The North Scott, Iowa school district has landed from Sturgeon Bay one of the best school administrators in Wisconsin. Joe Stutting’s announcement that he will leave Sturgeon Bay after the current school year is a loss for our community. Not only was Joe Stutting a unique administrator who listened and brought people together, he was a significant contributor to the community beyond the school district. Joe took his common-sense and civility to the Sturgeon Bay City Council defeating a long-time incumbent. His leadership style is evident as he presides as president of the Rotary Club of Sturgeon Bay with self-effacing humor and wit. With his record and ability to pass bond over-ride referenda, Joe Stutting could have had his pick of school districts to lead anyplace in America. He’s leaving Sturgeon Bay a better district, and better community, than he found when he moved here eight years ago..
Thanks to Joe Stutting and his wife, Jamie. Any spouse of such an accomplished leader also makes significant sacrifices.
Thank you and best wishes to both Joe and Jamie Stutting .
Which reminds me of an old saying to share. “Behind most successful men is a very good woman…and a surprised mother-in-law.”
Or should that be, in the interest of gender-justice and political correctness, “Behind most successful women is a very good man…and a surprised mother-in-law?”
I’ve said before how fortunate the City of Sturgeon Bay is to have the leadership in both police and fire departments that it has had for years. Police Chief Arleigh Porter and Fire Chief Tim Herlache have served the city well. Both are regarded and professionals. A characteristic shared by Arlie Porter and Tim Herlache is their recognition that, as public servants, they owe the public information and transparency. Both gentleman, and Porter’s predecessor, Dan Trelka, have been outstanding examples of public servants working well with the media. Their cooperation makes life easier for news reporters and results in a general public much more informed about and supportive of police and fire protection.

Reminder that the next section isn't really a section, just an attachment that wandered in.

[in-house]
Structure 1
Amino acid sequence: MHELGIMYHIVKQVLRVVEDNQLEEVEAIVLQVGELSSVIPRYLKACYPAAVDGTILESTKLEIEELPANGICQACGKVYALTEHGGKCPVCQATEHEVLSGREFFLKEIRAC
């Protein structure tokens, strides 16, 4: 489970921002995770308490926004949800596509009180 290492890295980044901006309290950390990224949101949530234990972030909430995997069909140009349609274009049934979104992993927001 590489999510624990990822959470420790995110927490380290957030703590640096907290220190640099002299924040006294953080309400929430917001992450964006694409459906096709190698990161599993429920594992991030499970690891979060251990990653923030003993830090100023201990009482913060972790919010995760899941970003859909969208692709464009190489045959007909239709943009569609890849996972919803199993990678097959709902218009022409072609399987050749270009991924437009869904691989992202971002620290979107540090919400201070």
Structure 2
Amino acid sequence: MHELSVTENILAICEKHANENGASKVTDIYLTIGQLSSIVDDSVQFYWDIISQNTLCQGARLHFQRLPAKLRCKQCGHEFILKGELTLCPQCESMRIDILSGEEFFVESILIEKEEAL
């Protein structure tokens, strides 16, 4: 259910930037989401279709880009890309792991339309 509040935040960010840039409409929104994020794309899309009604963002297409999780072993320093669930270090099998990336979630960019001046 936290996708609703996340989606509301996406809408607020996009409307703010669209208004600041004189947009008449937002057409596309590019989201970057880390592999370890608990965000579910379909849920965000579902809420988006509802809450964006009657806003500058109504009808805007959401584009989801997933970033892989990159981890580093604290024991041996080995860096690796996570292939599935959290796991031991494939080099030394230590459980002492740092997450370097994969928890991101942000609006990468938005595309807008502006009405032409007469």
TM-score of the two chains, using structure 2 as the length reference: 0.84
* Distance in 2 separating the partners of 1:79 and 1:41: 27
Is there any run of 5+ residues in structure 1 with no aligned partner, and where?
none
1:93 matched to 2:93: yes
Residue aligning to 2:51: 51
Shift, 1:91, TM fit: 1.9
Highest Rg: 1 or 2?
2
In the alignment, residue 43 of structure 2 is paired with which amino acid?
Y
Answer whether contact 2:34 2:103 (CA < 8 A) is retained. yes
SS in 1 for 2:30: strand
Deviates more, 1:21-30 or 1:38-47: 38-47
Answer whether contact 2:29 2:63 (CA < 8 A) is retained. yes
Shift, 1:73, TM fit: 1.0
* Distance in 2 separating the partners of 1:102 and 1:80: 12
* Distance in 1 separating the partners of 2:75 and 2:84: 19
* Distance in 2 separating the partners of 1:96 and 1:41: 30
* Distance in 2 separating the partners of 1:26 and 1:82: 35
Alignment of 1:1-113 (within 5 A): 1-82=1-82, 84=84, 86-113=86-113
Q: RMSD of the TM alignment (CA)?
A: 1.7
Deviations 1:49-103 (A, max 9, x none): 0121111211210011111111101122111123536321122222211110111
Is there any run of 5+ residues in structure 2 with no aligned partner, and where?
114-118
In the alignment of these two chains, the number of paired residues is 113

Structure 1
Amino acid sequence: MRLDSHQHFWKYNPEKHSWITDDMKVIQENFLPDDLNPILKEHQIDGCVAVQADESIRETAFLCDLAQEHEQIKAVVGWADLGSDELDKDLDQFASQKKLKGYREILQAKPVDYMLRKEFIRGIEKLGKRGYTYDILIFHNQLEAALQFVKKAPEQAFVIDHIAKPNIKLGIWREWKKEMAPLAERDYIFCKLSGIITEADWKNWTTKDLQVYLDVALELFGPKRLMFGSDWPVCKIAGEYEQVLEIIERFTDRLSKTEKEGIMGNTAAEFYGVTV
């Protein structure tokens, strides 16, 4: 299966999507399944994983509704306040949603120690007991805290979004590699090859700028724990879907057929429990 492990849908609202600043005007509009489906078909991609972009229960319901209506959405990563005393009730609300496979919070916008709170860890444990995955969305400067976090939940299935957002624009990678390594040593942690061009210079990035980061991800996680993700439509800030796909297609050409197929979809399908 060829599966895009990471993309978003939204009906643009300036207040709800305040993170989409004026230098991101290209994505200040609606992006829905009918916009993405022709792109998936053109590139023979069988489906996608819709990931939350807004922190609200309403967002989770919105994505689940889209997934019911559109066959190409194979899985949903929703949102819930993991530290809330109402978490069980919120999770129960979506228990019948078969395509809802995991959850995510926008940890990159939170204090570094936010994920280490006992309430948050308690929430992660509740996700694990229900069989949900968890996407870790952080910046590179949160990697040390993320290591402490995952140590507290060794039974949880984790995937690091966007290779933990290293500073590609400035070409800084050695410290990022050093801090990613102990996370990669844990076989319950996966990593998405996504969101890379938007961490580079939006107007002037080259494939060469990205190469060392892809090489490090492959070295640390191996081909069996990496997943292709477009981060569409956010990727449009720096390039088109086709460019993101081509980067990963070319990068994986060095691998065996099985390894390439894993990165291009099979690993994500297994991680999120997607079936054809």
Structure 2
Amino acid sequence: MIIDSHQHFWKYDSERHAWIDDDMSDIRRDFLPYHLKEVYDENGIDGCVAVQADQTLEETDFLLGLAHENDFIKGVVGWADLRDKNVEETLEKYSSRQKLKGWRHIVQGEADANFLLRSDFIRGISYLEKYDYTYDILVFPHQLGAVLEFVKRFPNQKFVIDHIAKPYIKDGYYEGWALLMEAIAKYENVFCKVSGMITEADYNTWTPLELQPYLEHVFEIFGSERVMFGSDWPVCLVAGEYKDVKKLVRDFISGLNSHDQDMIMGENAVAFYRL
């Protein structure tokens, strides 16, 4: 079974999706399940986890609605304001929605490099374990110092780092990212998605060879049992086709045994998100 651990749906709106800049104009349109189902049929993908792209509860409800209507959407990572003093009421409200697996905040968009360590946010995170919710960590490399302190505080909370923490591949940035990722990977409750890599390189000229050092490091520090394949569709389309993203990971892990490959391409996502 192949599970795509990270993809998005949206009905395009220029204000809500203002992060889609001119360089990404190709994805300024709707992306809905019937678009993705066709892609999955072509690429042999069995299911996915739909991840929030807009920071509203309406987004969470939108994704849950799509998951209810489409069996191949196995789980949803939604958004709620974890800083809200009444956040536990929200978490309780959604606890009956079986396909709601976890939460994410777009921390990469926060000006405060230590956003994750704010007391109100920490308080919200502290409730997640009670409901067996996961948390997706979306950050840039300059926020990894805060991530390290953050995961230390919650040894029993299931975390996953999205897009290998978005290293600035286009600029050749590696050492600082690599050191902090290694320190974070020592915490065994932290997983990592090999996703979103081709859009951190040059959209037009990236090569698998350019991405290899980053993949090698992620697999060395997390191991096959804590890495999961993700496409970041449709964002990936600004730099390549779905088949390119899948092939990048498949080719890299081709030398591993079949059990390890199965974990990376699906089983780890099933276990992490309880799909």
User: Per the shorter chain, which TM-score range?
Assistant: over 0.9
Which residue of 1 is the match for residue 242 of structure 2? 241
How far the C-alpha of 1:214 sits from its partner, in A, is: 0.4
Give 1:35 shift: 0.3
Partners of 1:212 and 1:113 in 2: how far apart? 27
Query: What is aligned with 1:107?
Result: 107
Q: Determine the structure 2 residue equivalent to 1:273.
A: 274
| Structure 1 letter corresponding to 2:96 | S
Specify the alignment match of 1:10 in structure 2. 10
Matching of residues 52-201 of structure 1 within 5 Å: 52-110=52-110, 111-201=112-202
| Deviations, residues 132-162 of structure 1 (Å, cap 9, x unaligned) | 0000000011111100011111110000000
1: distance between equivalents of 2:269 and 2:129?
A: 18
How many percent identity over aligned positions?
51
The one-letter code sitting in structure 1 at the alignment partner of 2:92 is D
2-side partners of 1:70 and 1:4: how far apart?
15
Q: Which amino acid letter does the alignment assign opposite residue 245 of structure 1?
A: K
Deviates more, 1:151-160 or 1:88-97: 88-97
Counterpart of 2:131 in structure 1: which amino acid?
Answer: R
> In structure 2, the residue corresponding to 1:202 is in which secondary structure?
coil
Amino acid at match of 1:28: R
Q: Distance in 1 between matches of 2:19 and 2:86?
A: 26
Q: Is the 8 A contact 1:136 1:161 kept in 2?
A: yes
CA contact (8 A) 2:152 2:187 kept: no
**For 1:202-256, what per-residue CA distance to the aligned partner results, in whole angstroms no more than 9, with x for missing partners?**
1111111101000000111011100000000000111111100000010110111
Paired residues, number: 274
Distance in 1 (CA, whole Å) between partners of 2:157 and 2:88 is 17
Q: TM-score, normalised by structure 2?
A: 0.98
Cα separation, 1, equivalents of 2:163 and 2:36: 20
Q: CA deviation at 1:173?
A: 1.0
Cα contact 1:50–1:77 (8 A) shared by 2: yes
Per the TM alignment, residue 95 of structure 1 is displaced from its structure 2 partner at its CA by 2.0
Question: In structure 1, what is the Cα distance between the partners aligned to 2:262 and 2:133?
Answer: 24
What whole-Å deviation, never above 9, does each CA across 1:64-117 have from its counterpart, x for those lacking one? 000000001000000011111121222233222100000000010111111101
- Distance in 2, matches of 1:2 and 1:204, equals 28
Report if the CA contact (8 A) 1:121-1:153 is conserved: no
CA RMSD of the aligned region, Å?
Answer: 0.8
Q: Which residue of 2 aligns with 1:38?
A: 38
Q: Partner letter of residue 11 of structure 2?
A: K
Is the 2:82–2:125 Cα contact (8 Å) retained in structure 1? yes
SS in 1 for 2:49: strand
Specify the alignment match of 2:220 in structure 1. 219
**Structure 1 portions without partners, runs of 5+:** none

Like Joe Stutting, Herlache and Porter will be hard to replace. When the city faces their inevitable retirements it might be appropriate to consider consolidating the positions into one of public safety director. Dan Trelka, former Sturgeon Bay police chief, now holds that position in Waterloo, Iowa.
Many communities throughout Wisconsin are combining the positions. Sturgeon Bay should at least give it serious consideration. Concurrent retirements present a rare opportunity to re-evaluate staffing and organization.
Some polls show as much as 66% of Wisconsin citizens support an increase in the minimum wage. Rather than waiting years and facing proposals as we see today of a minimum wage jump from $7.25 to $l0.25 an hour wouldn’t we all be better off with a small annual increase tied to the increase in the consumer price index? Craig Culver, founder of the Wisconsin restaurant chain, proposes a bifurcated increase in the minimum wage. He suggests a $l increase per hour for sixteen and seventeen-year-olds and a larger increase for adults.
As someone who recognizes the importance of highways to our area tourism and agricultural economies I also suggest an annual adjustment to the gas tax as well. Far too many roads and bridges in Wisconsin have outlived their design lives and are crumbling. We need to protect and maintain our infrastructure.